Sample post: More random thoughts about travel
Camels and Chocolate: “Just a girl who has managed to balance a career with a family and jet setting … “
Camels and Chocolate blogger Kristin Luna has an old house in Nashville, a busy career, a fluffy white
child dog and a travel habit. Read the blog to find out how she makes it all work and for travel tips and inspiration from destinations across the South and around the world.
Sample post: How to Be the Best Air BnB Guest You Can Be
4 of the Best Travel Blogs for People With Disabilities
Want to experience the world, but afraid your physical challenges will get in the way? Most travel blogs are aimed at able-bodied young adults. Plus, other countries often don’t have the same level of accessibility that we take for granted in the United States.
But travel is often still possible, as these 4 bloggers demonstrate:
Curb Free With Cory Lee– Sharing the world from a wheelchair user’s perspective
26-year-old Cory Lee plans to visit every continent in the world, and his wheelchair is coming along for the ride. Follow his adventures and find out how he manages the logistics of it all on his blog. You’ll also find lots of interviews with other travelers with disabilities and tips for traveling with a disability.
The Geordie Traveller: Every Country in the World, in a Wheelchair
Wikipedia only lists 9 people who have visited all 193 countries in the world (here, “country” is defined as a UN member state.) There are undoubtedly more…but probably not many more. Anthony Tipling-Bower plans to join that club from a wheelchair. Also, he’s hilarious. Read more about his adventures on his blog, The Geordie Traveller.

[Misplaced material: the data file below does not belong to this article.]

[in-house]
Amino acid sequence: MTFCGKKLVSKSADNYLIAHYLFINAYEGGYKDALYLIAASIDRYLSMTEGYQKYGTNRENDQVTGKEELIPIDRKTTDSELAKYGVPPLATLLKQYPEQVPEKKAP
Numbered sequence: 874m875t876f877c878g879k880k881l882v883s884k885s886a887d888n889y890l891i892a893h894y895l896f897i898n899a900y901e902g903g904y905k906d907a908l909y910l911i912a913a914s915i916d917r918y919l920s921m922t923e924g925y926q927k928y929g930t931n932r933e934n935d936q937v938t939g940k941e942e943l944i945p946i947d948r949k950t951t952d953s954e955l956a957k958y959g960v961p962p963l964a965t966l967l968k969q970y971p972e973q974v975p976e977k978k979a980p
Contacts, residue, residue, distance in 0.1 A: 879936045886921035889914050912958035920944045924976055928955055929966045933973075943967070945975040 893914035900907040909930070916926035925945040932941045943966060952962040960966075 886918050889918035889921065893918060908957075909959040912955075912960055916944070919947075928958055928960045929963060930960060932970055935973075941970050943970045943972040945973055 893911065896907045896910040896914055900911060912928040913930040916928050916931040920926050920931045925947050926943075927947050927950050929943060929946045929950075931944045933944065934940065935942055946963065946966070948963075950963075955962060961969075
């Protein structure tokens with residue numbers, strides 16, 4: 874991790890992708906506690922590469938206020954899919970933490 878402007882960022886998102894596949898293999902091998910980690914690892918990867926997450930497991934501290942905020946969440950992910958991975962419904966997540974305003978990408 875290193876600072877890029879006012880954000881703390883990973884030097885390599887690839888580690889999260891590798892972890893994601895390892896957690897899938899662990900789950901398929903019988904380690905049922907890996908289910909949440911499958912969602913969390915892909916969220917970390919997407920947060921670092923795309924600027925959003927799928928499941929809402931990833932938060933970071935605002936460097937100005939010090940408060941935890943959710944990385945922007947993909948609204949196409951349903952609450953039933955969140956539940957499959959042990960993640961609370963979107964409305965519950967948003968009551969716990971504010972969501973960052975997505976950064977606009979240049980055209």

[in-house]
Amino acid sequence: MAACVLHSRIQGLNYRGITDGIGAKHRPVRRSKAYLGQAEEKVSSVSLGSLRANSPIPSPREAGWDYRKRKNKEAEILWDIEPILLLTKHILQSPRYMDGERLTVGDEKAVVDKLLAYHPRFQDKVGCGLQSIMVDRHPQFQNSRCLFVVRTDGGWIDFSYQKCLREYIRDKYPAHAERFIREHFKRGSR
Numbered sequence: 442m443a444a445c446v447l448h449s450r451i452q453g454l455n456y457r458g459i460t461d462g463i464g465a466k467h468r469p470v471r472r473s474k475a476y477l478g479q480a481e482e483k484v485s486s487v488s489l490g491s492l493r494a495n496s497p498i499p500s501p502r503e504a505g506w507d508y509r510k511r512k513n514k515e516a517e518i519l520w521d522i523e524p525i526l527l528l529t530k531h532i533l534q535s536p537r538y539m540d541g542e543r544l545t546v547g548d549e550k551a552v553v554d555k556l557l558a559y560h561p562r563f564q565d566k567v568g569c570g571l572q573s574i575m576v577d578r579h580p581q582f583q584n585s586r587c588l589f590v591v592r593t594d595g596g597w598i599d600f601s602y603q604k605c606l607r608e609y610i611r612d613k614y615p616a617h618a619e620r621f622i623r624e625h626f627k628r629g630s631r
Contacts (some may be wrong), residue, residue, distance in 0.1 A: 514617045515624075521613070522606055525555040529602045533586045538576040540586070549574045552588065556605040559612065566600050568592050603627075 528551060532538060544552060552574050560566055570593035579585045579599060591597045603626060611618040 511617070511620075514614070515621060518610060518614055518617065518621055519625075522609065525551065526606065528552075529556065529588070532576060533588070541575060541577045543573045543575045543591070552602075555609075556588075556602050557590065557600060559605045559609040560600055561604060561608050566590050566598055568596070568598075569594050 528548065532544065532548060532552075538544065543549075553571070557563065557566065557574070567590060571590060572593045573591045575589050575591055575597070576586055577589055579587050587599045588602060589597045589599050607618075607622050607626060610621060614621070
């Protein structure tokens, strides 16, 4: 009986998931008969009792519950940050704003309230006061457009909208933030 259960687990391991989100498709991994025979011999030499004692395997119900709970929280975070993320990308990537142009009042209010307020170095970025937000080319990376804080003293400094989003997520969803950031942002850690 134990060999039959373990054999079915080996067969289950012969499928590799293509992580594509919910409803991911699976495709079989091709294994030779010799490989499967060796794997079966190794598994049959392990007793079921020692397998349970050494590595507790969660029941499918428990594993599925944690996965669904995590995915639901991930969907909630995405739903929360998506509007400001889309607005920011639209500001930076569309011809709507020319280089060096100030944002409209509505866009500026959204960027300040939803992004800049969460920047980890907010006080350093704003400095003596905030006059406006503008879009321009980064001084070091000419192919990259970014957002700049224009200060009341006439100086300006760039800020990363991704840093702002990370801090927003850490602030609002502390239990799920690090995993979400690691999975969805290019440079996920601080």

Sample Post: “How do you manage to travel with your wheelchair?”
Three Points of Contact– “Running amok around the world while legally blind. “
Three Points of Contact is run by Dan, a Canadian blogger who travels the world with extremely limited vision and an unlimited sense of (somewhat sarcastic) humor.
Although he does blog, most of the action is on his YouTube channel.
RexyEdventures: Travel tips, deaf travel tips, and handsome selfies
Ed Rex has been traveling the world since 2011. Check his blog out for travel tips, information on how to score luxury travel on a budget and of course, handsome travel selfies.
Did I mention he is profoundly deaf? He is, and he’s also an amazing resource for other deaf and hard-of-hearing travelers. Check out his blog for more!
Do you really want to travel? Hopefully, these blogs will give you ideas on how to overcome whatever it is that’s standing in your way. Sure, you probably won’t be able to leave tomorrow. But if you make a plan and stick to it, you might be surprised at what you can accomplish.